We’ve often mentioned how we work, enjoying the spontaneous progression of our compositions, watching the imagery appear like a photo being developed in a darkroom. We’ve also reflected on how in the fall we’re especially sensitive to the mood and colors of the season. Reacting to so much change, it’d be nice if we could somehow capture each vivid moment.

 

We’ve been asked many times if we take photos of our fiber ‘paintings’ while working through our process.

 

Having been asked many times if we take photos of our fiber ‘paintings’ while working through our process, we’ve tried to record the visual storyline with every layer we add. But after the sixth or seventh pass, we have a tendency to forget to snap the shutter. Maybe it’s because the work of creating the painting often transports us, causing us to forget about our present lives in the studio. Or maybe it has something to do with time.

When we started this piece, it was still summer and the work reflected it. That season was the composition that voluntarily developed after the first few layers of primary colors were applied. August was warm and sunny, and our painting was reflecting it through the calming flow of rolling hills of emerald hues. But with layers of fabric and stitching applied on top of more fabric and stitching, the piece started to change – just like the season. And, as usual, we forgot to photograph its development.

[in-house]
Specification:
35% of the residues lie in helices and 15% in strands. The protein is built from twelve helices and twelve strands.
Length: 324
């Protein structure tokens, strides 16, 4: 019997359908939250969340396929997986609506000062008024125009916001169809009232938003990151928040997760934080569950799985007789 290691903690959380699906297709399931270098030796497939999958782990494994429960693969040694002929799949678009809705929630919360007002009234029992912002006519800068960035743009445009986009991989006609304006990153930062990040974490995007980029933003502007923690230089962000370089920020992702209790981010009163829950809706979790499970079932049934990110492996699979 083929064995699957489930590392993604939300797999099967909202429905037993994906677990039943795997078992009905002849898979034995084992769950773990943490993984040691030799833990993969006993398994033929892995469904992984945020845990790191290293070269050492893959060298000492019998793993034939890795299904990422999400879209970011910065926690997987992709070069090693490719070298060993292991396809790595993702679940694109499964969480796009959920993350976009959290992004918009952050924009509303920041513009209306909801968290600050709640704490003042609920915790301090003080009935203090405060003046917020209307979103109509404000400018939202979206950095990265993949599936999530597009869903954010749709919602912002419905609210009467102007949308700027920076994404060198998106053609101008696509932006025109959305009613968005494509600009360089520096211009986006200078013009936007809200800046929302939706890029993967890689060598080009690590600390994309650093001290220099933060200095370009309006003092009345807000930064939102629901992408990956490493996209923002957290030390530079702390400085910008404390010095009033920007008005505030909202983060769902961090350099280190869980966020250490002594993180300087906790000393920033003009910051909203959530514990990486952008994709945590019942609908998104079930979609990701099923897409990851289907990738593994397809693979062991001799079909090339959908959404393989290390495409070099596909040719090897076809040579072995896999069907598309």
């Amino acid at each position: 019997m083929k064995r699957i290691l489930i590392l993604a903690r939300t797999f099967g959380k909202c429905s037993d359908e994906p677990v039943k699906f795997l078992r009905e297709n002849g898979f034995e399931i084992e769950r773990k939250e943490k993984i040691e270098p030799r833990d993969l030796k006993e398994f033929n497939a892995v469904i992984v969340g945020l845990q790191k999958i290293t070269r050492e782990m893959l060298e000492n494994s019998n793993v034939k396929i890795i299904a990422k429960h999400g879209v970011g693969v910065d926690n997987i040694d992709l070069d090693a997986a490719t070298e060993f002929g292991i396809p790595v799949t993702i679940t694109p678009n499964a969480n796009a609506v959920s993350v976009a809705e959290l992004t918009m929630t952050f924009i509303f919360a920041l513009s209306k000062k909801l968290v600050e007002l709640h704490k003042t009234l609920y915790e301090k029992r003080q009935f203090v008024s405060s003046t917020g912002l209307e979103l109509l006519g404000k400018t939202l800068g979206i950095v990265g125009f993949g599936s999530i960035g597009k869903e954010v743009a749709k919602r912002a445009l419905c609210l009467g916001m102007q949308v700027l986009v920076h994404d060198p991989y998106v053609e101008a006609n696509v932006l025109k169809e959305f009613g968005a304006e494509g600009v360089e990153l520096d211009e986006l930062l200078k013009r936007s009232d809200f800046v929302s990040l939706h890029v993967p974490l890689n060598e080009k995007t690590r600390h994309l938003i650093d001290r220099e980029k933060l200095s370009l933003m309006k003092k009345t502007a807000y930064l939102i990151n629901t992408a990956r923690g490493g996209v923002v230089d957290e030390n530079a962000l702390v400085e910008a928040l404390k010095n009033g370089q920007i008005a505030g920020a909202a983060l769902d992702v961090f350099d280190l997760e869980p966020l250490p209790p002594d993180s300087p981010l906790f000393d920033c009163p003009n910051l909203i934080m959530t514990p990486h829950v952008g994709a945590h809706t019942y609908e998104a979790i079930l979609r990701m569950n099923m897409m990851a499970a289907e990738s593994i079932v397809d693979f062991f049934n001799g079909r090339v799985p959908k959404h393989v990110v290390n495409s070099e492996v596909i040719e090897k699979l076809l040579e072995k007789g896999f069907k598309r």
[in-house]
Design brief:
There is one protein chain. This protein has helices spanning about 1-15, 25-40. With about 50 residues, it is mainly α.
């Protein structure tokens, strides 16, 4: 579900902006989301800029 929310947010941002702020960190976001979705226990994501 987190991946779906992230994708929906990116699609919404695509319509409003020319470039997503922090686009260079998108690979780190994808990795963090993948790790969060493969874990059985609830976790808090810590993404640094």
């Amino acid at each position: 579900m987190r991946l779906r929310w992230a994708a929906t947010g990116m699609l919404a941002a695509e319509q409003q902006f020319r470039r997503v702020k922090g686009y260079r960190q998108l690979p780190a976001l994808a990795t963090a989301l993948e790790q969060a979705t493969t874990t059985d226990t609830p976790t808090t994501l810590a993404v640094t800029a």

..with layers of fabric and stitching applied on top of more fabric and stitching, the piece started to change – just like the season

 

So now we find ourselves in the midst of Autumn. Lisa started turning the rolling hills into a mountain range. Lori added a stream coursing its blue path through a meadow. Lisa began dappling the foothills with the colors of golden leaves. The next layer brought the contrasts of blazing yellows and oranges against the sage greens along with the blues of a cooler sky. As every week went by, another complement of colors were exposed by the passing of time, and we felt obliged to capture them. In our fiber painting, just like in the natural world, there are layers of mood, feeling, and expression compounding in response to time. It is our privilege and honor to bear witness and catch these incredible moments of life.

 

The back of the Lubbesmeyer fiber painting "Mountain Meadow in Autumn"

 

The back of Mountain Meadow at its finish. This is the bobbin thread accumulated from the many layers of over-stitching. Until we successfully capture each layer of our process, you’ll find this a welcome alternative view.

Hopefully you find this is the next best thing to showing each layer through our process?

 

 

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